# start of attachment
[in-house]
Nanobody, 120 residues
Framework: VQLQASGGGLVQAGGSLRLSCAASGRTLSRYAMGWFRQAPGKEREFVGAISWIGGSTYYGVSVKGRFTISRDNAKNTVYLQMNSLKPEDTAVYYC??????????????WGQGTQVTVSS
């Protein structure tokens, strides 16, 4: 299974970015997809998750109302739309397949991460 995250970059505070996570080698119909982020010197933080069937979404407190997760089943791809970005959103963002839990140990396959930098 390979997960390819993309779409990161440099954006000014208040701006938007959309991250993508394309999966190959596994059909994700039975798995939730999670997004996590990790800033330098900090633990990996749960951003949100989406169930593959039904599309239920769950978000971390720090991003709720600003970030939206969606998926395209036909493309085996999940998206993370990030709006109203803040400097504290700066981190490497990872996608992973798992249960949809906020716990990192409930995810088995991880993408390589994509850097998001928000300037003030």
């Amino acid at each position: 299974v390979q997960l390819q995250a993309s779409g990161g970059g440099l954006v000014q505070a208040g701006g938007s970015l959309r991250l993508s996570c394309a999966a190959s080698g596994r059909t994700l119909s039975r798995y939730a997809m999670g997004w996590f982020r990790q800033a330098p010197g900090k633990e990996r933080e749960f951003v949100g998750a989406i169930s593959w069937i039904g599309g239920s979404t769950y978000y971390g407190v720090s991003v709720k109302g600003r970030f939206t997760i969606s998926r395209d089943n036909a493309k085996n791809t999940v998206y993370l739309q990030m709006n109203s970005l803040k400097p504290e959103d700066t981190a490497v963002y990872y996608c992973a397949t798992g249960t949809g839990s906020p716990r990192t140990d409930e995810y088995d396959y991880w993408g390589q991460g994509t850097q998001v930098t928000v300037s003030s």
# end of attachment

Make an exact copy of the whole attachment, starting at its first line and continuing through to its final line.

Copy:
[in-house]
Nanobody, 120 residues
Framework: VQLQASGGGLVQAGGSLRLSCAASGRTLSRYAMGWFRQAPGKEREFVGAISWIGGSTYYGVSVKGRFTISRDNAKNTVYLQMNSLKPEDTAVYYC??????????????WGQGTQVTVSS
């Protein structure tokens, strides 16, 4: 299974970015997809998750109302739309397949991460 995250970059505070996570080698119909982020010197933080069937979404407190997760089943791809970005959103963002839990140990396959930098 390979997960390819993309779409990161440099954006000014208040701006938007959309991250993508394309999966190959596994059909994700039975798995939730999670997004996590990790800033330098900090633990990996749960951003949100989406169930593959039904599309239920769950978000971390720090991003709720600003970030939206969606998926395209036909493309085996999940998206993370990030709006109203803040400097504290700066981190490497990872996608992973798992249960949809906020716990990192409930995810088995991880993408390589994509850097998001928000300037003030």
């Amino acid at each position: 299974v390979q997960l390819q995250a993309s779409g990161g970059g440099l954006v000014q505070a208040g701006g938007s970015l959309r991250l993508s996570c394309a999966a190959s080698g596994r059909t994700l119909s039975r798995y939730a997809m999670g997004w996590f982020r990790q800033a330098p010197g900090k633990e990996r933080e749960f951003v949100g998750a989406i169930s593959w069937i039904g599309g239920s979404t769950y978000y971390g407190v720090s991003v709720k109302g600003r970030f939206t997760i969606s998926r395209d089943n036909a493309k085996n791809t999940v998206y993370l739309q990030m709006n109203s970005l803040k400097p504290e959103d700066t981190a490497v963002y990872y996608c992973a397949t798992g249960t949809g839990s906020p716990r990192t140990d409930e995810y088995d396959y991880w993408g390589q991460g994509t850097q998001v930098t928000v300037s003030s």